fled Canada, abandoning his career as a crime reporter, after running into a
spot of trouble with a source. He landed
in Paris a sad, confused young man lacking a plan for the future. Shakespeare & Co gave him a safe haven
and an opportunity for renewal. The bookstore
sheltered authors, providing them a place to get their bearings, live cheaply,
and write. This is a lively,
entertaining story of a man, a city, and a remarkable bookstore.
Wandering through Paris's Left Bank one day, poor and unemployed, Canadian reporter Jeremy Mercer ducked into a little bookstore called Shakespeare & Co. Mercer bought a book, and the staff invited him up for tea. Within weeks, he was living above the store, working for the proprietor, George Whitman, patron saint of the city's down-and-out writers, and immersing himself in the love affairs and low-down watering holes of the shop's makeshift staff. Time Was Soft There is the story of a journey down a literary rabbit hole in the shadow of Notre Dame, to a place where a hidden bohemia still thrives.
About the Author
Jeremy Mercer is the author of Time Was Soft There and crime books, and he is a former writer for the Ottawa Citizen. He lives in Marseille, France.
“Jeremy Mercer's tale of George Whitman and his beloved bookstore is a book of revelations, for it tells the hard-to-discover true story of George's life and of the twenty-thousand-and-one nights of this enchanted place that continues to be, for its habitées as well as for its creator, a way of life.” —Lawrence Ferlinghetti, cofounder and owner, City Lights Bookstore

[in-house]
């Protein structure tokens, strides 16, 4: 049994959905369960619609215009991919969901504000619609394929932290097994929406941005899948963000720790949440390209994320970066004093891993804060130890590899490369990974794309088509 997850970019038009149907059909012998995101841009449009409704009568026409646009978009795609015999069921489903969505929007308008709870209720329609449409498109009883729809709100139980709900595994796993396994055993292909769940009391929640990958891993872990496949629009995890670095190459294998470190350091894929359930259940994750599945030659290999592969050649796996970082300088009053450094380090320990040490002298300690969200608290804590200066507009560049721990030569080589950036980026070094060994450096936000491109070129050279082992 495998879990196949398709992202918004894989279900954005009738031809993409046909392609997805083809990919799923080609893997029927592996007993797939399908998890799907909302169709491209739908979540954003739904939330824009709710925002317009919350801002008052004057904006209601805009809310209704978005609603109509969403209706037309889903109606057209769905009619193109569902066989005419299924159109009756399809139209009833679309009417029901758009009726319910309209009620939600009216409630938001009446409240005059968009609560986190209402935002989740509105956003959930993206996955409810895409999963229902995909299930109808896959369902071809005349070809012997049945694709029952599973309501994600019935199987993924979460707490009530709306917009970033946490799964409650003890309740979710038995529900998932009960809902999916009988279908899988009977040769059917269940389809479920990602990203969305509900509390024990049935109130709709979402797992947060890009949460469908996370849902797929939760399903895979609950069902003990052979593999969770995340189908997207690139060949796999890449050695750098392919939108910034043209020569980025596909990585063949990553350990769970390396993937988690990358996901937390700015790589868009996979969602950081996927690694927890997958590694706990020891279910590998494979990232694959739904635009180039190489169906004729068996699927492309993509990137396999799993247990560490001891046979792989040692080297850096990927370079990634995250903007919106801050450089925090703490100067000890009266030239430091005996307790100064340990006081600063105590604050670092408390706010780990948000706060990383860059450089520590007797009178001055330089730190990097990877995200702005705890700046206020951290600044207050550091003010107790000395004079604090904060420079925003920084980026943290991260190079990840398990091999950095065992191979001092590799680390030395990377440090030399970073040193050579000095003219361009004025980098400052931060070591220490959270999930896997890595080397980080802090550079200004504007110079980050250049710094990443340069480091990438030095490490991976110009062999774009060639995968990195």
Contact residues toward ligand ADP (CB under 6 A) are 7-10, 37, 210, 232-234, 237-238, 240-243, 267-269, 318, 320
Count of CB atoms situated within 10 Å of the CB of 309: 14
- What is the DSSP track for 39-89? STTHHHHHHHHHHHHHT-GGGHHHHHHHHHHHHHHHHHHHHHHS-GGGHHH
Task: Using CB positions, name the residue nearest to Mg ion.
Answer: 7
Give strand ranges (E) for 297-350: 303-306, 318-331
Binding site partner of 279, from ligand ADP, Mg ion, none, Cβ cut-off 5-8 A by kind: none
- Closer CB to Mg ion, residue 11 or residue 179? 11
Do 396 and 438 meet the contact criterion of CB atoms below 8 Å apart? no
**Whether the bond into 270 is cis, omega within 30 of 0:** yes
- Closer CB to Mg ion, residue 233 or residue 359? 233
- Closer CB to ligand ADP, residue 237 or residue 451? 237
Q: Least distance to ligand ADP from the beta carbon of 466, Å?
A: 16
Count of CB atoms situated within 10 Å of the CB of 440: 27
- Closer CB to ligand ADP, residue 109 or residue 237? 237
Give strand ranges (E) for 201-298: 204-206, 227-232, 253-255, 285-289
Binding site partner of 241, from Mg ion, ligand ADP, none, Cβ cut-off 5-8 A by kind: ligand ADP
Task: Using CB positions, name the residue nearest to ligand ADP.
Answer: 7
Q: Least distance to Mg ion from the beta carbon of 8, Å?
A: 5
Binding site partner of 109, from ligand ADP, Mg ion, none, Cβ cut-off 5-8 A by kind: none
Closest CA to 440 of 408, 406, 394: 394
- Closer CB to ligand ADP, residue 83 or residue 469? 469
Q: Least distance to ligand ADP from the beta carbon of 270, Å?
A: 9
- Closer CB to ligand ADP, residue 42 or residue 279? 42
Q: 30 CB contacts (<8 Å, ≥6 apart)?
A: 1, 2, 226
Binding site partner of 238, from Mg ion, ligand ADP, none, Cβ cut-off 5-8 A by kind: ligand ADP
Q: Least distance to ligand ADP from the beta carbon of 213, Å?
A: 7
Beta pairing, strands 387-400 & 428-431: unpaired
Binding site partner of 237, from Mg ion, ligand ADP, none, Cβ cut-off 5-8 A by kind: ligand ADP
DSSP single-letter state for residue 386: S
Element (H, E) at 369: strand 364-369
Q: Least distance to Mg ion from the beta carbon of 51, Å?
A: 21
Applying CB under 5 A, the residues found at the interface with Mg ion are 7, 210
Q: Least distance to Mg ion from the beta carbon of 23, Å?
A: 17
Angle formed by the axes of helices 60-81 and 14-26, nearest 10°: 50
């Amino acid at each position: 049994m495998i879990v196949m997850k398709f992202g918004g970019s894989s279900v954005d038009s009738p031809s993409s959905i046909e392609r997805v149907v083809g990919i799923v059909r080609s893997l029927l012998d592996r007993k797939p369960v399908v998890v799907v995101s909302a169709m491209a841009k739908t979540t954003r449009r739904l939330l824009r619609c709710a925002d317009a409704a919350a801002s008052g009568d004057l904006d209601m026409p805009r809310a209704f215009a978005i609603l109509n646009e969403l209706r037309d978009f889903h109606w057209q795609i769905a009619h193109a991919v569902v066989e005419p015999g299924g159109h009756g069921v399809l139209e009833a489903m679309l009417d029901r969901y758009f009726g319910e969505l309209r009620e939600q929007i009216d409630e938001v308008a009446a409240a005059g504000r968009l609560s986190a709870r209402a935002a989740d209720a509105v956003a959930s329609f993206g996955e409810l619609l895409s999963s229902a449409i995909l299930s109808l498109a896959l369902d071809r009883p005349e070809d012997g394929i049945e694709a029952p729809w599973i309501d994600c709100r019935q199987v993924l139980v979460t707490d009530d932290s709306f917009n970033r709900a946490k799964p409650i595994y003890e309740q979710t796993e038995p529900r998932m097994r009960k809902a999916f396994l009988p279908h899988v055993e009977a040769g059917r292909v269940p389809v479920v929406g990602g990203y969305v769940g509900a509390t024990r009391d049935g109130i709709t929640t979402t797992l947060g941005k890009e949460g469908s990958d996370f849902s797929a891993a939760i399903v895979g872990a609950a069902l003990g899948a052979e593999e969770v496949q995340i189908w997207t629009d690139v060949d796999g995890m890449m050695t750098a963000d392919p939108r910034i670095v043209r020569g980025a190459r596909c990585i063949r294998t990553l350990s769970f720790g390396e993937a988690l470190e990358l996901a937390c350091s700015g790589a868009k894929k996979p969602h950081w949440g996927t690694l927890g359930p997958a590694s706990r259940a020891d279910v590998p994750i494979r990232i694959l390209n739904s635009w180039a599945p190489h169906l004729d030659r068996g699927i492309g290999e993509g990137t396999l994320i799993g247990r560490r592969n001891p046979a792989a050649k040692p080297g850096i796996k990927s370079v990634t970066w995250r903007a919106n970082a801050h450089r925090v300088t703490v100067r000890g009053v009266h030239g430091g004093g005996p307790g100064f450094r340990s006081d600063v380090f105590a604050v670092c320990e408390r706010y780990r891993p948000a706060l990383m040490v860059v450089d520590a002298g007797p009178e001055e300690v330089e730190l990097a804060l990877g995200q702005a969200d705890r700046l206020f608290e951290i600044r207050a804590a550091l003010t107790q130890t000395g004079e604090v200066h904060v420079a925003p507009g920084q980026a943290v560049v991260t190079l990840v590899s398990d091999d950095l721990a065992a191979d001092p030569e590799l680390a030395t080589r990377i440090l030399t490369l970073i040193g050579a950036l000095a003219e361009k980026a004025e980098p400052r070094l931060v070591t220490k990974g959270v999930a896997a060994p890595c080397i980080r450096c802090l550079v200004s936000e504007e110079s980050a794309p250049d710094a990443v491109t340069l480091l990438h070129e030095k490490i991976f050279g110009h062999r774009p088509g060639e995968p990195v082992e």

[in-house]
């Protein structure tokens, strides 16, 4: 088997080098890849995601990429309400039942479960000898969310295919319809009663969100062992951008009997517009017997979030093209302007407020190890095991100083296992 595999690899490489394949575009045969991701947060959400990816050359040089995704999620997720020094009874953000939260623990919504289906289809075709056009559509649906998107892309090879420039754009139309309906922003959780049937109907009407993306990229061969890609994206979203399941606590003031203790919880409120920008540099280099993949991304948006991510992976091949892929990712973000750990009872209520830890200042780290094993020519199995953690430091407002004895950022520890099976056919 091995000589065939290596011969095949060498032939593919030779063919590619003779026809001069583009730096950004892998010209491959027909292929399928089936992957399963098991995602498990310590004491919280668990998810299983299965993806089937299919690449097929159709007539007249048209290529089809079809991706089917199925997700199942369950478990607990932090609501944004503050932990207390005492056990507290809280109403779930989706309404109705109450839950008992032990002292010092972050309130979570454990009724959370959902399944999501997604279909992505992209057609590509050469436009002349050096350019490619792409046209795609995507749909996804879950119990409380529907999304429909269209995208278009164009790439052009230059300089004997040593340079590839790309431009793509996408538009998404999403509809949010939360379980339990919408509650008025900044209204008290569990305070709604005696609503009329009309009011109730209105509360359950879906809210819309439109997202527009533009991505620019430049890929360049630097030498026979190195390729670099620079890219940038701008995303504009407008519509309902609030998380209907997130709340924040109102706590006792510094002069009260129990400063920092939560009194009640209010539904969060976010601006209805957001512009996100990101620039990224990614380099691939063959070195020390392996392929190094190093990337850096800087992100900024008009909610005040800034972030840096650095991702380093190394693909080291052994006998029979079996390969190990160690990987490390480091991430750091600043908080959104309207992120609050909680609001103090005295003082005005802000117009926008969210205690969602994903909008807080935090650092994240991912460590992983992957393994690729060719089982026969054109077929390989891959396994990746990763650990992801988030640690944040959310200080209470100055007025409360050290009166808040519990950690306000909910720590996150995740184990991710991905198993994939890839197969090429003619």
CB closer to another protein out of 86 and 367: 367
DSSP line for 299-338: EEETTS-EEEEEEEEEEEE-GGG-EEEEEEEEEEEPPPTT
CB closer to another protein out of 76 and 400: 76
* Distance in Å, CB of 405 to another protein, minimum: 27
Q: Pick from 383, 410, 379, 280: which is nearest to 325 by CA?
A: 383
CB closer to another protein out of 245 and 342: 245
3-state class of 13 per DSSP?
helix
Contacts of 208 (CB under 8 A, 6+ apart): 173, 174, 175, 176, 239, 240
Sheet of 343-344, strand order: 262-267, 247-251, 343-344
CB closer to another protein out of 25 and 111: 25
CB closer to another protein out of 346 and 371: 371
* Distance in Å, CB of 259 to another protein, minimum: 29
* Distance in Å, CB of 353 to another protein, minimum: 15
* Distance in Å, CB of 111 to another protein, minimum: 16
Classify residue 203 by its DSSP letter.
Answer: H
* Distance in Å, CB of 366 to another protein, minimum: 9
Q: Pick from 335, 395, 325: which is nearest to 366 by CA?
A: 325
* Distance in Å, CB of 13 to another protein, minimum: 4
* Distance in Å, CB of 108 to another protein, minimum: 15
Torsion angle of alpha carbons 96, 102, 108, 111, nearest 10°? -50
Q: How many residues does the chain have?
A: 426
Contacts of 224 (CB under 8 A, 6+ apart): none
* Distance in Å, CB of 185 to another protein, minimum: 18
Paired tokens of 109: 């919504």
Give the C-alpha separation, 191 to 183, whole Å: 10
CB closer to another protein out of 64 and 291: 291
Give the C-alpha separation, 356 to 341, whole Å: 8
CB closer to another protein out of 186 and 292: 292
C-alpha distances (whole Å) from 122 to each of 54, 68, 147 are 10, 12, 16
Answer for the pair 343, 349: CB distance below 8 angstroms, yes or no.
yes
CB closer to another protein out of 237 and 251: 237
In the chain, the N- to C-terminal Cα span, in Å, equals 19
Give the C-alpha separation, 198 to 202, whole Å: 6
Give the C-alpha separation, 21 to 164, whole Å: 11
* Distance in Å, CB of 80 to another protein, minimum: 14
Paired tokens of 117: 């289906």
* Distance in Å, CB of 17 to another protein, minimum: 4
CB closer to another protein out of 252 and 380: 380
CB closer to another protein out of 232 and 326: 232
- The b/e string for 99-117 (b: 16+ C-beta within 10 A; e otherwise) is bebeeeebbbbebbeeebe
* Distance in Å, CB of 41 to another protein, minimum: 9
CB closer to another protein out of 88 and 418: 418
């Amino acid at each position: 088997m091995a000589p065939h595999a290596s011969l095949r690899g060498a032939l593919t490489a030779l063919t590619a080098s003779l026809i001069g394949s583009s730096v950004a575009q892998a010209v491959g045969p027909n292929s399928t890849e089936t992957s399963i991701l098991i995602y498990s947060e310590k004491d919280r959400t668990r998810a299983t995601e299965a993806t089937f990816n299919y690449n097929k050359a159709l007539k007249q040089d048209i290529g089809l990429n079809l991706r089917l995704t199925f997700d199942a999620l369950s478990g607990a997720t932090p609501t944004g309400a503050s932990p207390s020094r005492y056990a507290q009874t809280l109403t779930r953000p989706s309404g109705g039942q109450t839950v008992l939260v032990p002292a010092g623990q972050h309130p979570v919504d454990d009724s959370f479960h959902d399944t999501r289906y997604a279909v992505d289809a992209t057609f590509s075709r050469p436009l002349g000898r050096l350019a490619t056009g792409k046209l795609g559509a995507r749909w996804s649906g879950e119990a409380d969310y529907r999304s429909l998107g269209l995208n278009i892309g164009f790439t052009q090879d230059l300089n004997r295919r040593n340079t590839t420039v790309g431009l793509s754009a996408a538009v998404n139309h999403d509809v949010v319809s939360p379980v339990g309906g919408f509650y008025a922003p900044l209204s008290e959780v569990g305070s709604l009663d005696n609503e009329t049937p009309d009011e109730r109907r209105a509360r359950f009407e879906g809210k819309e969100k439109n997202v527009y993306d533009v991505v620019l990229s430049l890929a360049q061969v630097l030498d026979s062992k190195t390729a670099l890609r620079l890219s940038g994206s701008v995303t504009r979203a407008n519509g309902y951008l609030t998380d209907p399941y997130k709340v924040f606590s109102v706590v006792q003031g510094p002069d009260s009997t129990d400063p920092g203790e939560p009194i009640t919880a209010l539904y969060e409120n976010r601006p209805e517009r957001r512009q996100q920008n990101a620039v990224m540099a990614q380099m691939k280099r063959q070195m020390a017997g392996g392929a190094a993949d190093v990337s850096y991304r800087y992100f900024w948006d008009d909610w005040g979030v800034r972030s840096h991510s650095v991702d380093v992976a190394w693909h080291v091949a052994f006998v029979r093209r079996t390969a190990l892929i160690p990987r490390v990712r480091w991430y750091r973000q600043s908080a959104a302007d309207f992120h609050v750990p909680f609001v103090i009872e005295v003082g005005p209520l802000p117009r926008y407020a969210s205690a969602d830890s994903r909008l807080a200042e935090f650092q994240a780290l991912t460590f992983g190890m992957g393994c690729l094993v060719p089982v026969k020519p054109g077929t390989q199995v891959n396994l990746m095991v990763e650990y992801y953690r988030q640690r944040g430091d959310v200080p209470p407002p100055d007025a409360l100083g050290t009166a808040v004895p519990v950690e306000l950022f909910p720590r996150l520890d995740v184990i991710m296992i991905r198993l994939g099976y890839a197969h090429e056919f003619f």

“The memoir is much more than an entertaining romp through Parisian literary bohemia at the turn of the millennium. Time Was Soft There will likely be the last firsthand account of an aging legend.” —Newsweek
“Mercer has fashioned a colorful de facto biography of Whitman . . . a tightly written, insightful memoir of Left Bank literary radicalism. A great read, both funny and quietly moving.” —San Francisco Chronicle
“The milieu he evokes, while a long way from that of the Lost Generation, has its own charm.” —The Wall Street Journal
“The memoir ably captures a romanticized version of the bum's life.” —The New Yorker
“Mercer is a fine writer with a keen and jaundiced eye.” —Chicago Tribune